Across the globe people everyday are reading, blogging, searching about Islam. It's the hottest topic, even in churches now instead of preaching about Christ, they can't seem to escape bringing up the subject of my new religion, Islam. The demand for information on Muslims and Islam is growing and heaping and rolling into one of those giant snow balls, rolling down the hill and the best part is how many people it's grabbing into it's snowy fluff along the way. The excitement you feel when you come to Islam, I call it the "New Muslim High"...LOL. I wish I could bottle that stuff up and sell it, it's such an amazing feeling. It's like all the sudden someone woke you up and said "Hey how's it going, let me introduce your to yourself, that old person was just your stunt double, here's the shiny amazing (you) that you've been dying to meet all this time". Along with any drastic changes to your life, you come to expect the challenges as well. I don't wanna talk about all of them, I would just like to focus on one for now. I wanna talk about the friends you lose and the new ones you gain and lose and gain...
I remember my own life, before Islam. Sometimes I wish I could forget some things, but it makes me who I am today. I remember all the "friends" I had before. People would blow up my cell phone when the sun started to go down. They wanted to know what was going on that night, what parties were hot, what clubs was I shooting at, can I add them to this list or that list. "Friends", I called them and they were plentiful. We had dinner at amazing restaurants in Dallas, they would introduce me to amazing people and I would return the favor, "networking" ourselves to get what we wanted. We partied together, held each others hair back when one of us had too much to drink and bullied whichever girl was seeing someone's ex. Life was bliss, so I thought, and we had nothing but good times to remember together, so when I decided to walk away from this life and enter into something with a deeper purpose...these "friends" didn't quite make it through the dirty water filter. Some did, and I thank God everyday for them, but most did not.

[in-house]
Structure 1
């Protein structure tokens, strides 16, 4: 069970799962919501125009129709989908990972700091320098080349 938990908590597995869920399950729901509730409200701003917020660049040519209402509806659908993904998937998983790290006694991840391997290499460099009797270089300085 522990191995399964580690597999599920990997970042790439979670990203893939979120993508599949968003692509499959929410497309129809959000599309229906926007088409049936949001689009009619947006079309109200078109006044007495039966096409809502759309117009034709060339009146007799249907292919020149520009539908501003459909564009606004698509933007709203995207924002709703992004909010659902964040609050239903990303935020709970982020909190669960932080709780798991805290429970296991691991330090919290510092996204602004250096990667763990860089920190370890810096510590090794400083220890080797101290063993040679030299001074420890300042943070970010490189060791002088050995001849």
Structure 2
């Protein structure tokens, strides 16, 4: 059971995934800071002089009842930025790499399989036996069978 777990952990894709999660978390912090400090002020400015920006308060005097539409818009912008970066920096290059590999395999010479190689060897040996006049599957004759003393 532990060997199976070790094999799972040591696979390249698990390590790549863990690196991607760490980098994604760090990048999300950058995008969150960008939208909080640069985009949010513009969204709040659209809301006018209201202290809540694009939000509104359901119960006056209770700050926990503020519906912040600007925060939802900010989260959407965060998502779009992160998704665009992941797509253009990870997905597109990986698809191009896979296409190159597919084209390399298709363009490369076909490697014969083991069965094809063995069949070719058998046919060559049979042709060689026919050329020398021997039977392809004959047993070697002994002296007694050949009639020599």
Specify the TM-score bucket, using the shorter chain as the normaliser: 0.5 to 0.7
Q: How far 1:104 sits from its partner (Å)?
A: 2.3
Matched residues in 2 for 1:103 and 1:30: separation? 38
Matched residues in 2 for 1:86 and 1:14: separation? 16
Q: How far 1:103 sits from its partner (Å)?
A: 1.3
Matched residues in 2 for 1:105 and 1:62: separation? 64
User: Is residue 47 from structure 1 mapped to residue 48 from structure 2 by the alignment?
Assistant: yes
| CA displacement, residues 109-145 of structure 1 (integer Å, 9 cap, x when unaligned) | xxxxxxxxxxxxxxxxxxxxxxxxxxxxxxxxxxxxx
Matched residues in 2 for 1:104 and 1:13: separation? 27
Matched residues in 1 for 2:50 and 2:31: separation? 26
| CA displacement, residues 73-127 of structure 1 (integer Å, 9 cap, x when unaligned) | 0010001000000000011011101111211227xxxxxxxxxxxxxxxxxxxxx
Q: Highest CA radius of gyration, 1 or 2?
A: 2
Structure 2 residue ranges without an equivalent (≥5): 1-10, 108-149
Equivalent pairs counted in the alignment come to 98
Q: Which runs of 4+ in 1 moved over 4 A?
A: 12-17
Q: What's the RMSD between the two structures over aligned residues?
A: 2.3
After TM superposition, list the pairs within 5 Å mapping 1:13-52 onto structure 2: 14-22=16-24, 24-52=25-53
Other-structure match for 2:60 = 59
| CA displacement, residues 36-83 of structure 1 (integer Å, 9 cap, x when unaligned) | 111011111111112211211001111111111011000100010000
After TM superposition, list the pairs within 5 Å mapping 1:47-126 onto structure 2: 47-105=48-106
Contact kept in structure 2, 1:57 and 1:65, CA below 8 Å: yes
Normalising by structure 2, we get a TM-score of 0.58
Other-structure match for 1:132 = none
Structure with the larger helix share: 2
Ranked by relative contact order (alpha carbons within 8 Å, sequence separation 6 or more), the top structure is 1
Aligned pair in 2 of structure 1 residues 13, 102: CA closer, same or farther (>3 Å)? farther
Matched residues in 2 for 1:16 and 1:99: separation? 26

It's a loss that we all have to deal with in our lives but what I want to mention is the gain. The gain that should always be there. When you give up something, you replace it with something new right? So what happens when you live a completely high energy free style life and you need to replace it with the lifestyle structure of Islam? I like to picture this huge "worm hole" from Star Trek explosion and walking through that mirror into another dimension and you have no idea what is going to be on the other side, but you hope it's nice and doesn't mind your still wearing last night's makeup.